3. The optical information-recording medium according to claim 1, wherein the lower and the upper protective layers are formed of a single substance selected from nitrides, for example, Si3 N4 and AlN, which are transparent, oxides, for example, SiO, SiO2 and Ta2 O5, and chalcogenides, for example, ZnS, ZnSe, and MnS, or a mixture thereof.
4. The optical information-recording medium according to claim 1, wherein the recording layer is formed of a substance which has its optical properties changed depending on different thermal histories of a rise and a fall of temperature caused by irradiation of a laser beam thereto at different energy levels, e.g. a compound containing a chalcogen-series atom, for example, Se and Te.
5. The optical information-recording medium according to claim 1, wherein the reflective layer is formed of a single substance selected from metals, for example, Al, Au, Ti, Cr, Mo, W and Ta, or a mixture of such a substance and an additive, or an alloy of such a substance, or semiconductors, for example, Si and Ge, which are high in refractive index.
6. The optical information-recording medium according to claim 1, wherein the substrate is formed of a polycarbonate resin; the lower protective layer is formed of ZnS-20at%SiO2 or Ta2 O5 with a thickness of 5-300 nm; the recording layer is formed of Ge2 Sb2 Te5 or Ge1 Sb4 Te7 with thickness of 15-40 nm; the upper protective layer is formed ZnS-20at%SiO2 or Ta2 O5 with a thickness of 15-30 nm; and the reflective layer is formed of Al or Au with a thickness of not less than 40 nm.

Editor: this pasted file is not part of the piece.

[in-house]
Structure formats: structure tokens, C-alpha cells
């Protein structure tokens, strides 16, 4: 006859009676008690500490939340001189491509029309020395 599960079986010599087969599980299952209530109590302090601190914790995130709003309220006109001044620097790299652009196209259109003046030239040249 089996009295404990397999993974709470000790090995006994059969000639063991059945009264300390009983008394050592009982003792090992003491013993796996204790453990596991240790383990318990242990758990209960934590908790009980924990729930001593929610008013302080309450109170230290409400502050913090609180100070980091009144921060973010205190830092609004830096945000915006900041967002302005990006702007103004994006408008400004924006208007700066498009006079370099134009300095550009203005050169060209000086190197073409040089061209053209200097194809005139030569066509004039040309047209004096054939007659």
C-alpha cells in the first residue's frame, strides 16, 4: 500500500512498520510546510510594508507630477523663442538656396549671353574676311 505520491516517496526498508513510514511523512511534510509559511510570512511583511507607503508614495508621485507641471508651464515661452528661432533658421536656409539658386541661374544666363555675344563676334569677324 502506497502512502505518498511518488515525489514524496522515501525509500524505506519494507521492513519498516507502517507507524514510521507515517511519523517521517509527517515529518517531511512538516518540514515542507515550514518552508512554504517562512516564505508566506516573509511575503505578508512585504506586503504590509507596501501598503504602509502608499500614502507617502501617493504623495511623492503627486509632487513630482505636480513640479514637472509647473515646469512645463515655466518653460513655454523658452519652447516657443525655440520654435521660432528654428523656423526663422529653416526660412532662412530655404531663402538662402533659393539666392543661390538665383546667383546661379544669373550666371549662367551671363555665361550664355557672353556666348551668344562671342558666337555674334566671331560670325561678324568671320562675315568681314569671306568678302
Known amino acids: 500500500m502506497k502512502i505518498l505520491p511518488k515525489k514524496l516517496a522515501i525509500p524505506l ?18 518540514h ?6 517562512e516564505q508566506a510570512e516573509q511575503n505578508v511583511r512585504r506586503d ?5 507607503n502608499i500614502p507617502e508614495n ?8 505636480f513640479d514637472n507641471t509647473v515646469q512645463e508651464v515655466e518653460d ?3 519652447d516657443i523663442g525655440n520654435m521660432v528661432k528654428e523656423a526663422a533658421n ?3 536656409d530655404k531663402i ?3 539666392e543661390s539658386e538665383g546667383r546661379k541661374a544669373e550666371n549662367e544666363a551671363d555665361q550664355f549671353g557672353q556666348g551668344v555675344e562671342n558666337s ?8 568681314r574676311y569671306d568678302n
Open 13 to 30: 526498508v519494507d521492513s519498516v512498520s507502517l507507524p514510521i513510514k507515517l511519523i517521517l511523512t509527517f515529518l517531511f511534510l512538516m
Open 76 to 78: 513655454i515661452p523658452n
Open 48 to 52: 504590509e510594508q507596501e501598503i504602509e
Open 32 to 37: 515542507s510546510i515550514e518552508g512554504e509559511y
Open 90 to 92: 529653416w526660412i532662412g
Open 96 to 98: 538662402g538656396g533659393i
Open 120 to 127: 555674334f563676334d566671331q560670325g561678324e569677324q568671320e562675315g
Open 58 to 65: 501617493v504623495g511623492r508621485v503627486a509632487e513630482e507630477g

7. The optical information-recording medium according to claim 6, wherein the reflective layer is covered with a layer of an ultraviolet ray-cured resin.
8. The optical information-recording medium according to claim 1, wherein the thickness of the lower protective layer is within a range of 43 nm to 137 nm and 232 nm to 300 nm, the thickness of the recording layer is 20 nm, the thickness of the upper protective layer is 20 nm, and the thickness of the reflective layer is 60 nm.
9. The optical information-recording medium according to claim 1, wherein the thickness of the recording layer is 15 nm, the thickness of the upper protective layer is 20 nm, the thickness of the reflective layer is 60 nm, and the thickness of the lower protective layer is within a range of 5 nm to 67 nm, 102 nm to 256 nm, and 291 nm to 300 nm.
10. The optical information-recording medium according to claim 1, wherein the thickness of the recording layer is 25 nm, the thickness of the upper protective layer is 20 nm, the thickness of the reflective layer is 20 nm, the thickness of the reflective layer is 60 nm, and the thickness of the lower protective layer is within a range of 56 nm to 107 nm, and 244 nm to 296 nm.
11. The optical information-recording medium according to claim 1, wherein the thickness of the recording layer is 30 nm, the thickness of the upper protective layer is 20 nm, the thickness of the reflective layer is 60 nm, and the thickness of the lower protective layer is within a range of 42 nm to 122 nm and 230 nm to 300 nm.
12. The optical information-recording medium according to claim 1, wherein the thickness of the recording layer is 40 nm, the thickness of the upper protective layer is 20 nm, the thickness of the reflective layer is 60 nm, and the thickness of the lower protective layer is within a range of 35 nm to 118 nm and 222 nm to 300 nm.